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It's An Intense, Helpless Feeling. Just Remember It WILL Pass.

by Justin
(North Carolina)

Well, it seems as if I have had random visits from sleep paralysis in my early life, nothing too serious, maybe once every 5 or 6 months.

As I got around age 17, it started happening much more frequently, around once every month or so, and now at age 18, it happens weekly, sometimes most days of the week.

At this point, I have grown used to the feeling, and there is much less panic than previously (researching sleep paralysis also helped lower my panic). I have never had SP while falling asleep, mine has always occurred upon waking, otherwise known as hypnopompic sleep paralysis.

While it does leave me feeling helpless, I take solace in the fact that my SP episodes never last more than a few minutes. As far as hallucinating goes, I usually hallucinate that I muster up all my strength and sit up, still unable to open my eyes, most of the time using one of my arms as a prop.

The whole event is a big blur every time, and I always find that I did not sit up at all, and am still in fact lying flat, and that's pretty much it in the hallucination department, none of the other visions I have seen described.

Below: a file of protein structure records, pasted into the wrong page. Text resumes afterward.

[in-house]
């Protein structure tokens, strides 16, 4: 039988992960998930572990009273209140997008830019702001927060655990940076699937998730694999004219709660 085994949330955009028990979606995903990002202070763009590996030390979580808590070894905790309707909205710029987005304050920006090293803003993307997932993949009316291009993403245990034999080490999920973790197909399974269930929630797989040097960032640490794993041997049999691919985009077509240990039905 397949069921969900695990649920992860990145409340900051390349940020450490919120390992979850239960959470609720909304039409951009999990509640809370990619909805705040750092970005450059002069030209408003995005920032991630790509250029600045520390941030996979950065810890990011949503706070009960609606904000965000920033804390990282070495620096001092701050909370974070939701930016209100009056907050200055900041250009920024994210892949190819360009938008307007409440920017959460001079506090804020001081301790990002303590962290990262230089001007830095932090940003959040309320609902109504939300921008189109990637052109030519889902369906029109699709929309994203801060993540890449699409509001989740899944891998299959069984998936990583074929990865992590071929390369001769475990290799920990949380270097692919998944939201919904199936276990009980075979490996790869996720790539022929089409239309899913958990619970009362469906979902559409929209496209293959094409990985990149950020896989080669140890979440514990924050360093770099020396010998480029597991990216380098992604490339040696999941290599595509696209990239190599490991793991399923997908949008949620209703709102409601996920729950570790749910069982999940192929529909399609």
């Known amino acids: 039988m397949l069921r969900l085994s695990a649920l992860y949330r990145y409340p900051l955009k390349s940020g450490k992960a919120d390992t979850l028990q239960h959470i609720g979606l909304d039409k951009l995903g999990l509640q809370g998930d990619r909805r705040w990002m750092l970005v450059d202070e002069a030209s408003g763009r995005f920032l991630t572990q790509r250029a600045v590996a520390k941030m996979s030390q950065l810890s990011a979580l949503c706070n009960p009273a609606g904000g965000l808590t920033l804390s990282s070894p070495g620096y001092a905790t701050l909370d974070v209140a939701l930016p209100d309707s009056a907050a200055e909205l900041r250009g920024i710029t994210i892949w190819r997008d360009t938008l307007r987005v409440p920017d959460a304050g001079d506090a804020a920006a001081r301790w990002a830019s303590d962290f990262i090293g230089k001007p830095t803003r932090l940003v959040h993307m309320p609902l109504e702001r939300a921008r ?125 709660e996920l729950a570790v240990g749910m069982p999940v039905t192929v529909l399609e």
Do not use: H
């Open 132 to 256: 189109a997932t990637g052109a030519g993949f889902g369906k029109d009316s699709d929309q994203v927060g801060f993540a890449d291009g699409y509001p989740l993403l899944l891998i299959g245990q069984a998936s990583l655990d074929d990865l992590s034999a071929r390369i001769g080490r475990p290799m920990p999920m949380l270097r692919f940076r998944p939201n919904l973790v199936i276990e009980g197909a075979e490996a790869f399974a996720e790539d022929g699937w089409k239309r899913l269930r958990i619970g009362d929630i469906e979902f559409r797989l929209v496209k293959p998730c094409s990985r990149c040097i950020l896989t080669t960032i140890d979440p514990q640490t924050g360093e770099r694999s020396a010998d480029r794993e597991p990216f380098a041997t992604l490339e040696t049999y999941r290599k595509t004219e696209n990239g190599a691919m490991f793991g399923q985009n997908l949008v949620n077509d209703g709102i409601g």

Overall, while I do not enjoy sleep paralysis, it is something I can live with, as it is nowhere near as serious as some other medical issues.

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Sleep Paralysis: A Dreamer's Guide

Sleep Paralysis Treatment Book

Ever woken up paralyzed? A surprising number of us have, believe it or not. But few know the actual causes of this phenomenon, and fewer still how to exert control over it. Dream researcher and sleep paralysis expert Ryan Hurd shares breakthrough insights into how to do just that.

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